Upsize Minnesota May/June 2021

Page 10

human resources


Creating mistake-proof human resource systems by Bill Egan

TIPS 1. Provide prospective hires a copy of noncompete agreements and make signing a condition of employment, otherwise they will not be enforceable. 2. Penalties for misclassification of workers as independent contractors can be daunting. Eligibility for such a classification is governed by state and federal law, not the discretion of a business. 3. Consequences for misclassifying exempt and nonexempt workers can be equally harsh. Follow the guidance of the Fair Labor Standards Act. 4. Address and document an employee’s performance and behavioral concerns prior to terminating them. 5. If something seems amiss, it might be time to call your lawyer, who can help ensure situations are handled properly and in a timely manner.



“I wish I had known that.” For those of us practicing employment law, this is an all-too-common client response. Usually, it comes after an employee has quit or was terminated and the employer finds out there was a problem. Unfortunately, by the time the employer knows a former employee is threatening to sue, the damage has been done. Early risk management by employers goes a long way toward avoiding future claims. Here are some of the more common mistakes we see as employment lawyers in our day-to-day work, and what you can do to create solid, mistake-proof human resources practices. Untimely execution of noncompete and non-solicitation agreements The most fundamental tenet of contract law is that a valid, enforceable contract requires proof of an offer, acceptance and consideration. For example, an employer will pay you “this” salary in exchange for your performance of “that” job. Many employers require employees to sign confidentiality, non-compete and non-solicitation agreements as a condition of employment. Minnesota employers must provide prospective hires a copy of the noncompete agreement and make it a condition of employment so the agreement will be enforceable. If an employee is asked to sign a confidentiality or noncompete agreement after the offer has been made and accepted, under Minnesota law, the noncompete agreement will be unenforceable. Misclassifying workers as independent contractors “We’ll just make them independent contractors.” A common misconception in the startup world is that a business has discretion to determine whether to make a service provider an employee or an independent contractor. A service provider may prefer the freedom that comes with independent contractor status. An employer may not be quite ready to make the commitment required to enter a formal employment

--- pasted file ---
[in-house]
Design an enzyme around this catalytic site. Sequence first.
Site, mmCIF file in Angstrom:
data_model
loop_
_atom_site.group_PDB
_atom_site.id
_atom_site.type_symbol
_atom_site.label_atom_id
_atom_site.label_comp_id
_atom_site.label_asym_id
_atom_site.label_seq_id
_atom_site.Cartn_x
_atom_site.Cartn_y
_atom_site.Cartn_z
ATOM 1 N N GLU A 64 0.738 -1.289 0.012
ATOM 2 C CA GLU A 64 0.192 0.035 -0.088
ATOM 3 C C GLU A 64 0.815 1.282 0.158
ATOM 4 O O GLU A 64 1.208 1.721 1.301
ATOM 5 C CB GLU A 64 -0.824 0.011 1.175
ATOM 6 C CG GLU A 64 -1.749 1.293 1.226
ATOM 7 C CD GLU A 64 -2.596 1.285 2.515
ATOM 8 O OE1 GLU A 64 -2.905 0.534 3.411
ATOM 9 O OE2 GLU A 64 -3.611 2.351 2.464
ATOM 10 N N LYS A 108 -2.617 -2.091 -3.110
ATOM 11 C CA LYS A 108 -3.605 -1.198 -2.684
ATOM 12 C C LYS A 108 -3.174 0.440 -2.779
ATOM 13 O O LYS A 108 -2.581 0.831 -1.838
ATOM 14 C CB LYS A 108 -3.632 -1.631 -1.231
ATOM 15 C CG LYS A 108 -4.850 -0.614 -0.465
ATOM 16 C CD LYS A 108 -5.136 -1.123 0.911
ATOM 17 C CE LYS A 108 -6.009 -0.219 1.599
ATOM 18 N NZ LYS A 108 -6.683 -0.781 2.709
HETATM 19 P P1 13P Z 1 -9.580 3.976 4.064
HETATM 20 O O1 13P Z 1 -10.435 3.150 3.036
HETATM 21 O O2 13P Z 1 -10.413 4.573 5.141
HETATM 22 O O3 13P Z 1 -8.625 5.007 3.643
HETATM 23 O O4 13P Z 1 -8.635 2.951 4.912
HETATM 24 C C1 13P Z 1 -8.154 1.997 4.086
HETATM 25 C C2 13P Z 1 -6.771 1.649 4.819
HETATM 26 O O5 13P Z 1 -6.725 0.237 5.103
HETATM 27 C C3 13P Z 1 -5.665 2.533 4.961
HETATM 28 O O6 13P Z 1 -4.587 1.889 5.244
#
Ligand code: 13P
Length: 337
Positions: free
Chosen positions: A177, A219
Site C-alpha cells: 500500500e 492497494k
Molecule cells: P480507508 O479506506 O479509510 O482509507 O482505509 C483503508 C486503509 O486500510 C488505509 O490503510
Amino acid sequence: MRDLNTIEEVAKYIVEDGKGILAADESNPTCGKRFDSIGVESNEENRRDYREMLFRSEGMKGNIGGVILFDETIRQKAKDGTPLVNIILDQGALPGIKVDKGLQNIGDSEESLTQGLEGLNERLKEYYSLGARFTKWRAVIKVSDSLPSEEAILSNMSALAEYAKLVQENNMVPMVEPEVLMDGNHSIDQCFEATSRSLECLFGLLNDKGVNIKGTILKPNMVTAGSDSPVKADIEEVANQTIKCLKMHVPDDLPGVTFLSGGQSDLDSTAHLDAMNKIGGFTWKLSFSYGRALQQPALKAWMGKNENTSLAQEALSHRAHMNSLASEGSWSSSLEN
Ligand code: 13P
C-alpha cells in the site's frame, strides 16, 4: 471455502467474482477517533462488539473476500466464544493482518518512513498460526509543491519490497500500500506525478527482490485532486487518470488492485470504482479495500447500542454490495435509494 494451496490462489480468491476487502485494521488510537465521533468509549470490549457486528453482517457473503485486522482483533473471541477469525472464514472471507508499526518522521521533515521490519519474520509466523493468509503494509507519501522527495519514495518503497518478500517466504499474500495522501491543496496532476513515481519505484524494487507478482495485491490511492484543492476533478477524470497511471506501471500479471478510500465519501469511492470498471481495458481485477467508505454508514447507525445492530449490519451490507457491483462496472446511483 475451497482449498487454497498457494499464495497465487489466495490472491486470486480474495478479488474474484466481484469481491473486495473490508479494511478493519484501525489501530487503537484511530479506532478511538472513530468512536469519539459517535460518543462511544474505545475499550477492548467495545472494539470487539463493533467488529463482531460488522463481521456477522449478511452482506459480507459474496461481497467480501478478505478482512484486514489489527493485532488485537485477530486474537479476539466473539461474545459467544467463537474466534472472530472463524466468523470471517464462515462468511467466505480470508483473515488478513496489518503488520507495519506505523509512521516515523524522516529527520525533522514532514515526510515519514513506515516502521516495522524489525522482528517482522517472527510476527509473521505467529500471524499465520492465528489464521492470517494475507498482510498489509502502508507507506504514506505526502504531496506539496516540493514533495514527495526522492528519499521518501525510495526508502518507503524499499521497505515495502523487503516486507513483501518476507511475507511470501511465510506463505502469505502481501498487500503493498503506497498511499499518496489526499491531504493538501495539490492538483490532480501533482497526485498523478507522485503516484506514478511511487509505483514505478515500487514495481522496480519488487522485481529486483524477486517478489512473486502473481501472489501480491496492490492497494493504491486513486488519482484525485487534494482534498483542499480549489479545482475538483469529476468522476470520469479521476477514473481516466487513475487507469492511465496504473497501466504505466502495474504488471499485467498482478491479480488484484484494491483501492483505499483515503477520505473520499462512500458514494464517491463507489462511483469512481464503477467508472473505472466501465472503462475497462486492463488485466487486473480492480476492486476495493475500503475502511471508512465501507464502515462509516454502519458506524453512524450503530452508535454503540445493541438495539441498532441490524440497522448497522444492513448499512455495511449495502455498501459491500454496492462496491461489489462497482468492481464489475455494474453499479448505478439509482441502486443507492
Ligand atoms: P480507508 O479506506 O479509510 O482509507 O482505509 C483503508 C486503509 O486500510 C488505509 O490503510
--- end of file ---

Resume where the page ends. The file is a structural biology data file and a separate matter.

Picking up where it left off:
relationship. Unfortunately, federal and state governments have a different perspective and employers must understand that independent contractors: • Are not entitled to employee benefits • Are not covered by worker’s compensation unless they have their own policies • Are not protected by fair employment practices laws and regulations • Are not entitled to mandatory family medical and other forms of leave • Are not entitled to overtime or minimum wage as mandated by the Fair Labor Standards Act (FLSA) • Must pay their own federal, state, FICA and Medicare costs • Must have independent expertise that doesn’t require direct management of their work The penalties for misclassification of workers as independent contractors can be daunting. Misclassification can even be considered a crime. Excluding workers from employee welfare and retirement plans can carry stiff administrative penalties and may jeopardize the tax-exempt status of those plans. Penalties and fines may be levied against businesses that have: • Improperly classified a worker as an independent contractor • Failed to withhold state and federal payroll taxes • Failed to pay the employer’s share of Social Security and Medicare • Failed to pay unemployment compensation taxes The best current guidance on independent contractor classification is from the U.S. Department of Labor. Under its new rule, the most important factors to take into consideration are: • Whether the service provider has control over the work • The extent of the provider’s opportunity for profit or loss • The amount of skill required for the

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